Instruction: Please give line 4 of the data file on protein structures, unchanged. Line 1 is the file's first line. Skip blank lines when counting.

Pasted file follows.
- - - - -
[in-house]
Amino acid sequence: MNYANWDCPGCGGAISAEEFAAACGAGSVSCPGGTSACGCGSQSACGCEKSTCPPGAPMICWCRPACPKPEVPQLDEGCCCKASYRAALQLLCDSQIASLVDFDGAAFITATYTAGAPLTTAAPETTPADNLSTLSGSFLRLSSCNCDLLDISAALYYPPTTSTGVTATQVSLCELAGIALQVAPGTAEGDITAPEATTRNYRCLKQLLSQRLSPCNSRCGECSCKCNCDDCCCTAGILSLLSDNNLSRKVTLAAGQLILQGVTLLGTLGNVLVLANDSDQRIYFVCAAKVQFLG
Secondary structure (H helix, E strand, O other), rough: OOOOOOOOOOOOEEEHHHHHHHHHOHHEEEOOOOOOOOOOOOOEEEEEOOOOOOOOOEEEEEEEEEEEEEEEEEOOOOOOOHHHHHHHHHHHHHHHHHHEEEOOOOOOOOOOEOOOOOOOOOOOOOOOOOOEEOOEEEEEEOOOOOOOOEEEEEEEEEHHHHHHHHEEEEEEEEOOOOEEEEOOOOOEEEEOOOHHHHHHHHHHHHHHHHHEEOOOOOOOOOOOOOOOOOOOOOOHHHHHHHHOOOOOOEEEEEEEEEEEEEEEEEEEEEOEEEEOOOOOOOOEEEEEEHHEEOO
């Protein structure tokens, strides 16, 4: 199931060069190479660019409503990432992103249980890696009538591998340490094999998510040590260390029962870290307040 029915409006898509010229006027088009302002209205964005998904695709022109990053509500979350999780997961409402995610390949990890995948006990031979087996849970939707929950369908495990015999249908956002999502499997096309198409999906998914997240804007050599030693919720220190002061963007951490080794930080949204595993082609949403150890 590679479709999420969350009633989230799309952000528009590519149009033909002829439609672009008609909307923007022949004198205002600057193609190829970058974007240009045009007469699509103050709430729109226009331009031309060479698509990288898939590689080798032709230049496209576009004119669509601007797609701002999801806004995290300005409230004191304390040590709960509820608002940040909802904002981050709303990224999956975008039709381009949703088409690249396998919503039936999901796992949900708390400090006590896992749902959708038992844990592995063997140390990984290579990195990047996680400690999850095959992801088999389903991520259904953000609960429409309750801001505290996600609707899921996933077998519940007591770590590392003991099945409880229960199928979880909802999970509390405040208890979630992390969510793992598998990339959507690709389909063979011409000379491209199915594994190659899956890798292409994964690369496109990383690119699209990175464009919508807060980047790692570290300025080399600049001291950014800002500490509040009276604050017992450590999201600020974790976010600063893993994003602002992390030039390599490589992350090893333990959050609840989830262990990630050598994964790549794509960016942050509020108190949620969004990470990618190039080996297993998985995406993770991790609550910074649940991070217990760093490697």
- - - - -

């Protein structure tokens, strides 16, 4: 199931060069190479660019409503990432992103249980890696009538591998340490094999998510040590260390029962870290307040 029915409006898509010229006027088009302002209205964005998904695709022109990053509500979350999780997961409402995610390949990890995948006990031979087996849970939707929950369908495990015999249908956002999502499997096309198409999906998914997240804007050599030693919720220190002061963007951490080794930080949204595993082609949403150890 590679479709999420969350009633989230799309952000528009590519149009033909002829439609672009008609909307923007022949004198205002600057193609190829970058974007240009045009007469699509103050709430729109226009331009031309060479698509990288898939590689080798032709230049496209576009004119669509601007797609701002999801806004995290300005409230004191304390040590709960509820608002940040909802904002981050709303990224999956975008039709381009949703088409690249396998919503039936999901796992949900708390400090006590896992749902959708038992844990592995063997140390990984290579990195990047996680400690999850095959992801088999389903991520259904953000609960429409309750801001505290996600609707899921996933077998519940007591770590590392003991099945409880229960199928979880909802999970509390405040208890979630992390969510793992598998990339959507690709389909063979011409000379491209199915594994190659899956890798292409994964690369496109990383690119699209990175464009919508807060980047790692570290300025080399600049001291950014800002500490509040009276604050017992450590999201600020974790976010600063893993994003602002992390030039390599490589992350090893333990959050609840989830262990990630050598994964790549794509960016942050509020108190949620969004990470990618190039080996297993998985995406993770991790609550910074649940991070217990760093490697």